Express-News Weekly Column
Saturday, November 18, 2000 Submitted by Calvin Finch, Ph.D.,
Director of Conservation, SAWS, and Horticulturist
LEAVES AS A RESOURCE
Remember how much fun it was
to rake the leaves into huge piles and play in them until it was
time to bag or burn them? Times have change. We can still rake
our leaves, but it is environmentally incorrect to have them take
up valuable landfill space or to pollute the air as they burn.
The good news is that leaves
are too valuable to waste. Rake them up if you need the exercise
or you want your children or grandchildren to have the opportunity
to play in the piles, but afterward use them to improve your landscape.
Leaves make great mulch. It does
not matter what kind. In a few weeks pecan, red oak, cedar elm,
hackberry, mulberry, sycamore, bur oak, chinkapin oak and the
other deciduous trees will drop their leaves. Piled four inches
deep over the roots of newly planted trees, leaf mulch will increase
the tree's growth rate by as much as forty percent over the same
tree with grass growing against the trunk.
Used three or four inches deep
in the shrub and perennial border, leaves provide an ideal place
for ground-feeding birds like towhees, American sparrows and thrashers
to search for seeds and insects while the mulch conserves water,
insulates the soil from cold or hot, and reduces weeds.
Leaves are my favorite mulch
in the vegetable garden because they can be incorporated into
the soil after every crop. In fact, some vegetable gardeners count
on the autumn leaf fall for their winter garden and the spring
live oak leaf drop (February) for the spring garden. Leaves applied
four inches deep between rows in the vegetable garden make excellent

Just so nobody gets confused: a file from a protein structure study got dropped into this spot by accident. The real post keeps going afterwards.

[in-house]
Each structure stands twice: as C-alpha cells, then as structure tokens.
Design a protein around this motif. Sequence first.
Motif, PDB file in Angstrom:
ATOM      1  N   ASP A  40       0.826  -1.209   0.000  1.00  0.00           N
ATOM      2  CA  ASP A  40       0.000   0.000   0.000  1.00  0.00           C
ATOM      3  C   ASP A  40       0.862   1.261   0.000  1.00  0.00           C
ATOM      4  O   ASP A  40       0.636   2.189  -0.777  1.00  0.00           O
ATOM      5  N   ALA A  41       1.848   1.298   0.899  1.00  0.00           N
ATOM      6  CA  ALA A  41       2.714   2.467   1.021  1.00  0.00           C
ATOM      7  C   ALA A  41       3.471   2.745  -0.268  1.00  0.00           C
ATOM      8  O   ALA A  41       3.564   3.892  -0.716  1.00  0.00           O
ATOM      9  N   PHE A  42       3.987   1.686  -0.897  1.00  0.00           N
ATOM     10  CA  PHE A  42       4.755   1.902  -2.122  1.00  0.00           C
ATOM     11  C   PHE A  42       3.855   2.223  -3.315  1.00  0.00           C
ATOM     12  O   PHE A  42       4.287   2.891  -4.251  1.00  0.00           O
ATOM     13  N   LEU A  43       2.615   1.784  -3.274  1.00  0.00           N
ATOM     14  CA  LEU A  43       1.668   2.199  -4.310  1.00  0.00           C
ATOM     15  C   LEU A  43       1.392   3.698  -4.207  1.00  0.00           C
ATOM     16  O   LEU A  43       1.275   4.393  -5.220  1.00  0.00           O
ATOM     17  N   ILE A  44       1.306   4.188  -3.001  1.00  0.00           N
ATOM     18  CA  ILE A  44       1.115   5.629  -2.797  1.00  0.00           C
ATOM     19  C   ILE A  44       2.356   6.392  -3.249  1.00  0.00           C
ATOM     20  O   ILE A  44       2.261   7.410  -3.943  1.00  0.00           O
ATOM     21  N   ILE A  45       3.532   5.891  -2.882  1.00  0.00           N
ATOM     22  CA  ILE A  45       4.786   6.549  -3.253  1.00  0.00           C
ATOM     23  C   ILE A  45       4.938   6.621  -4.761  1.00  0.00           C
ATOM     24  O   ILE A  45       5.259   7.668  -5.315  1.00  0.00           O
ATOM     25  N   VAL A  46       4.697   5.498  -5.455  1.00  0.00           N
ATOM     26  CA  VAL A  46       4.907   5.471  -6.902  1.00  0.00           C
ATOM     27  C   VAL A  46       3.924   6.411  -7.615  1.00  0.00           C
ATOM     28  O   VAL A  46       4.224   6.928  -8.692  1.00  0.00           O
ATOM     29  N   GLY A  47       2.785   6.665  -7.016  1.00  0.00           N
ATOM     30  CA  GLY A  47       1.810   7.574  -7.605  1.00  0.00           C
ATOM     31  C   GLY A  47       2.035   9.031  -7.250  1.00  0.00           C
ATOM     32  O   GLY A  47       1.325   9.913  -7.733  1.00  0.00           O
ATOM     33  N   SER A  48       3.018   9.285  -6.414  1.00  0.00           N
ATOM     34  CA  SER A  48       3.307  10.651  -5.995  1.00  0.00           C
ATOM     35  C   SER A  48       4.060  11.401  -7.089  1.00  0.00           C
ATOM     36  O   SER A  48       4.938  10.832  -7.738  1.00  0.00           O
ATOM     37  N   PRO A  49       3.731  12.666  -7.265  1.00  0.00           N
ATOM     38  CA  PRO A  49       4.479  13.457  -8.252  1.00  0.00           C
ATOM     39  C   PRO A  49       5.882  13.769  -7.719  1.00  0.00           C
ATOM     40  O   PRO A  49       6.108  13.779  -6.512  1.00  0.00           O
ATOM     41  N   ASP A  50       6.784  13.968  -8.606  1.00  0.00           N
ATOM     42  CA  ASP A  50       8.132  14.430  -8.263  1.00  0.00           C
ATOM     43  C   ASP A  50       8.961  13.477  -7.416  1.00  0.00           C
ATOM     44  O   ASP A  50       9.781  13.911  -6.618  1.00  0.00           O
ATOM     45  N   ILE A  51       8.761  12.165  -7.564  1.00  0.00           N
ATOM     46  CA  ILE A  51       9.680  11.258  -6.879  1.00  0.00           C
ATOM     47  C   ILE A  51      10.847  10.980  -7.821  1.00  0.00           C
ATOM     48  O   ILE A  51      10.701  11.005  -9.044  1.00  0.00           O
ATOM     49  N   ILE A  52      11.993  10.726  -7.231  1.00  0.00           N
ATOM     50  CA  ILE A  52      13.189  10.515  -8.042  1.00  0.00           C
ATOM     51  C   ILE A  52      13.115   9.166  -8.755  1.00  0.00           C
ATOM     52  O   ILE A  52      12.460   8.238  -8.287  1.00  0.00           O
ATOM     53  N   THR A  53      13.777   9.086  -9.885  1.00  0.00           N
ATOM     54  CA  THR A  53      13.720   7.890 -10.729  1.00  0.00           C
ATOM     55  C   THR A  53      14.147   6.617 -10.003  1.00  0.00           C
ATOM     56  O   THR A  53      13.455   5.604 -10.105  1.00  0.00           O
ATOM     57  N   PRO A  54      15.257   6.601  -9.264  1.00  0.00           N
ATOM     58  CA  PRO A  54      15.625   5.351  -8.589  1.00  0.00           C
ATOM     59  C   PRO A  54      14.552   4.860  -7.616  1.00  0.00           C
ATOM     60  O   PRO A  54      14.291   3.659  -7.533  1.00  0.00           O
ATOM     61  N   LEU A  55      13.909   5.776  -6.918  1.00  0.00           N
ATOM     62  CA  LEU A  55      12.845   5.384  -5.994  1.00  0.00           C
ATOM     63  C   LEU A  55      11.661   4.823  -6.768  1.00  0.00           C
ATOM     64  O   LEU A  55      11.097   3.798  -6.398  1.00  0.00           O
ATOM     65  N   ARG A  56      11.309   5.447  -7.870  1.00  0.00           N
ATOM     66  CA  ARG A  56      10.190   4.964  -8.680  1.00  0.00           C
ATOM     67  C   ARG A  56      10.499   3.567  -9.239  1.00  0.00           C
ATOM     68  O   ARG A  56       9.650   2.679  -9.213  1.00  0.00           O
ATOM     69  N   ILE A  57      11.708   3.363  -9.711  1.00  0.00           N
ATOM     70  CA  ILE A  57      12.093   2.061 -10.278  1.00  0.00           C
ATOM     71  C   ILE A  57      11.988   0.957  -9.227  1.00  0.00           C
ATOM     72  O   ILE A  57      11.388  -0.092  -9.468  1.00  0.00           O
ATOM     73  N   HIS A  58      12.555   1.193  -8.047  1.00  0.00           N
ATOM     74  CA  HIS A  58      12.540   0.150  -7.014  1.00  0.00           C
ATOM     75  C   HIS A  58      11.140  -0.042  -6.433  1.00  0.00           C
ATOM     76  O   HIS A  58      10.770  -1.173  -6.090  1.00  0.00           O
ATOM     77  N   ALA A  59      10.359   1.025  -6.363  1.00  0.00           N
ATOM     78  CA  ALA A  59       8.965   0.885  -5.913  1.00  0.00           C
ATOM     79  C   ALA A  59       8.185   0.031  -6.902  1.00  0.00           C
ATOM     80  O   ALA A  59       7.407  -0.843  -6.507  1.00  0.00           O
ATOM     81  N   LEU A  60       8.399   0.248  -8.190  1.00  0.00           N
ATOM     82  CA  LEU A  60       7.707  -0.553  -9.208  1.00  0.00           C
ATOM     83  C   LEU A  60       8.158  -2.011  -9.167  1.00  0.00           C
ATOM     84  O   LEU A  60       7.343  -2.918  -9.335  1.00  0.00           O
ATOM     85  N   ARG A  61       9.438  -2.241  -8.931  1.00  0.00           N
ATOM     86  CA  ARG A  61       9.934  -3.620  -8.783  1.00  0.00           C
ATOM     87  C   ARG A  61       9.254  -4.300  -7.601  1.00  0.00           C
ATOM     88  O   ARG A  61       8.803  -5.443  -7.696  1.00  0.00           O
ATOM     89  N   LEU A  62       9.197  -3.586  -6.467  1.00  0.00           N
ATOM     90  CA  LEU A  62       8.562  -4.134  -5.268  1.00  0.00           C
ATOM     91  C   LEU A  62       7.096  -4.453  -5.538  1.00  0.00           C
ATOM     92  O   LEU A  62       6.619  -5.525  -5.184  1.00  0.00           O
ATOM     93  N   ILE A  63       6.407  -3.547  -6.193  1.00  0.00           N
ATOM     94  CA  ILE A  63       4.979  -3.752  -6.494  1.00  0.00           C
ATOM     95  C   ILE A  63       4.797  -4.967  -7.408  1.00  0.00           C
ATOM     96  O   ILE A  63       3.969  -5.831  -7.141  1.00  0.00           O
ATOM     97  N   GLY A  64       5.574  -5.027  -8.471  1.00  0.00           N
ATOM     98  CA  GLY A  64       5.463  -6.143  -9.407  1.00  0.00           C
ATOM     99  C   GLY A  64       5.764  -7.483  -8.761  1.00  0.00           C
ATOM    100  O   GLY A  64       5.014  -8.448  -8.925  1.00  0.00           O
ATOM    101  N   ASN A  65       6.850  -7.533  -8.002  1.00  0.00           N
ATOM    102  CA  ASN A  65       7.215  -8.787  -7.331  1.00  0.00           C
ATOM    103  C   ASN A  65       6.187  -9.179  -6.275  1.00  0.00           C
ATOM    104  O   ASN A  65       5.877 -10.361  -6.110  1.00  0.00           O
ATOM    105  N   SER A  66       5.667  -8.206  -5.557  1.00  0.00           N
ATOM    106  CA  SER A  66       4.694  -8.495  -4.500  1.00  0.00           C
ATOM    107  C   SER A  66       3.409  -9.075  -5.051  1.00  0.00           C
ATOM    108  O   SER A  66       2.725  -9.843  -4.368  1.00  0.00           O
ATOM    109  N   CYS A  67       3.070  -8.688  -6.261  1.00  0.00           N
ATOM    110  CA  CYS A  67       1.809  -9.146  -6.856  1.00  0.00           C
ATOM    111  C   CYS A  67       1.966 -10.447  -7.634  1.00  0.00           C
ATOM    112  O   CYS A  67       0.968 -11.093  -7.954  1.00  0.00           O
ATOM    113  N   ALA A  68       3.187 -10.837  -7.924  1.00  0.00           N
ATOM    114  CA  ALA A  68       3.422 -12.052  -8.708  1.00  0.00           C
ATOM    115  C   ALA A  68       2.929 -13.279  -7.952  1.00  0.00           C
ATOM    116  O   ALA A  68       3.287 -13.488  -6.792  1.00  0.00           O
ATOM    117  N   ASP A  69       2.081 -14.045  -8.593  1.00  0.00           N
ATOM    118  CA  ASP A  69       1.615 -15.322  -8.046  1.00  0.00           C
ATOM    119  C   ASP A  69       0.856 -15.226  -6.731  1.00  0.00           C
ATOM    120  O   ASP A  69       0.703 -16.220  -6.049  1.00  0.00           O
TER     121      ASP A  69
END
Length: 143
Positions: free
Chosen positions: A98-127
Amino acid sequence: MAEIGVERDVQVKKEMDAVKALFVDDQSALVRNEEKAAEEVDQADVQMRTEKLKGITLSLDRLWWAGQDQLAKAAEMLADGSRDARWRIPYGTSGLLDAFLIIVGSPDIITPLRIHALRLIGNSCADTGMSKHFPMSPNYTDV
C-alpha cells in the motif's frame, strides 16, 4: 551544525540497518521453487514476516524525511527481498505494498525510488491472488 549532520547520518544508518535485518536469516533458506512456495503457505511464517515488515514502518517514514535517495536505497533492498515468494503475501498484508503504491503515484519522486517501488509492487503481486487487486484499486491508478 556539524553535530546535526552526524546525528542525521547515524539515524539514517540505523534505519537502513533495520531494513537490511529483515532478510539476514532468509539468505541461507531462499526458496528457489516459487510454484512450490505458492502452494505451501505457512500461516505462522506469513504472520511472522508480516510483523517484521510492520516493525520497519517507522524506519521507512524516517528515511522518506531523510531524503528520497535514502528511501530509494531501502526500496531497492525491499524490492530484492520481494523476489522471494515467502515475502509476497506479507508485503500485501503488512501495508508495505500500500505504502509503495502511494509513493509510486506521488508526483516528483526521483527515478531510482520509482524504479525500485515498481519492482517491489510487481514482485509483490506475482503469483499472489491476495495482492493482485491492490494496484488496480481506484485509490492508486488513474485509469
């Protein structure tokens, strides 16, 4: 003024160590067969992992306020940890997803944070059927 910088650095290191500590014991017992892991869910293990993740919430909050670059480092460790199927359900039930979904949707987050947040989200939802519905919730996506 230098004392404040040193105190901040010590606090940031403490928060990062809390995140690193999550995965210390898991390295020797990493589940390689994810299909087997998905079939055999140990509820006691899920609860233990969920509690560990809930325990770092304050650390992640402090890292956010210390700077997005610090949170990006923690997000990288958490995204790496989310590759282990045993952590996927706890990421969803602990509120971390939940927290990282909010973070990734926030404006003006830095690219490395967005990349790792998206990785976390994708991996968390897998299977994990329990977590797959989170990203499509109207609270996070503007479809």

pathways while performing their duty as mulch. The soil is not
compacted as you work the rows and no mud is tracked.
In my neighborhood there are
several Master Gardeners. Early in my history in the neighborhood
I made the error of collecting bagged leaves from the curb belonging
to some neighbors. I believed I was saving precious landfill space
and would be improving the soil in my yard. I was quickly alerted
that the leaves "were already spoken for" by the other gardeners.
That may not be the case in your neighborhood. Use any extra leaves
you have and those unwanted by your neighbors to make compost.
Make a structure of a stiff hog
wire about five feet in diameter and three feet deep. Fill the
structure to overfilling with leaves salted with about five pounds
of lawn fertilizer. In four or five months the leaves will decompose
to a homogenous, fresh-smelling, soil-like compost that will work
wonders to revitalize your container plants and raised beds or
To speed up the decomposition
and get some exercise, remove the wire from the pile and move
it a few feet away. Reshape the circle, clip the wire ends together,
and shovel the pile from the old location to the new location.
The act of turning over the pile incorporates air into the organic
material and mixes the materials. Do this mixing every two weeks
and dampen the pile after the mixing and you can have the compost
ready for use in six weeks. It will work so fast that you will
be able to feel the heat as the leaves break down.
If you are not into collecting
your leaves, one of the best ways to take advantage of their value
to your landscape is to let them decompose on the lawn. In a damp,
mild winter they will melt down to nothing in eight to ten weeks.
Speed up this process by mowing the leaves and leaving them on
the lawn. Leaves are not as valuable to the grass as grass clippings,
but they do provide small amounts of nitrogen, phosphorous, potassium,
and all the micro-nutrients. Most importantly, however, the decomposing
leaves serve as food for beneficial microorganisms and contribute
to soil health.
The most valuable things in life
are free, include leaves on that list.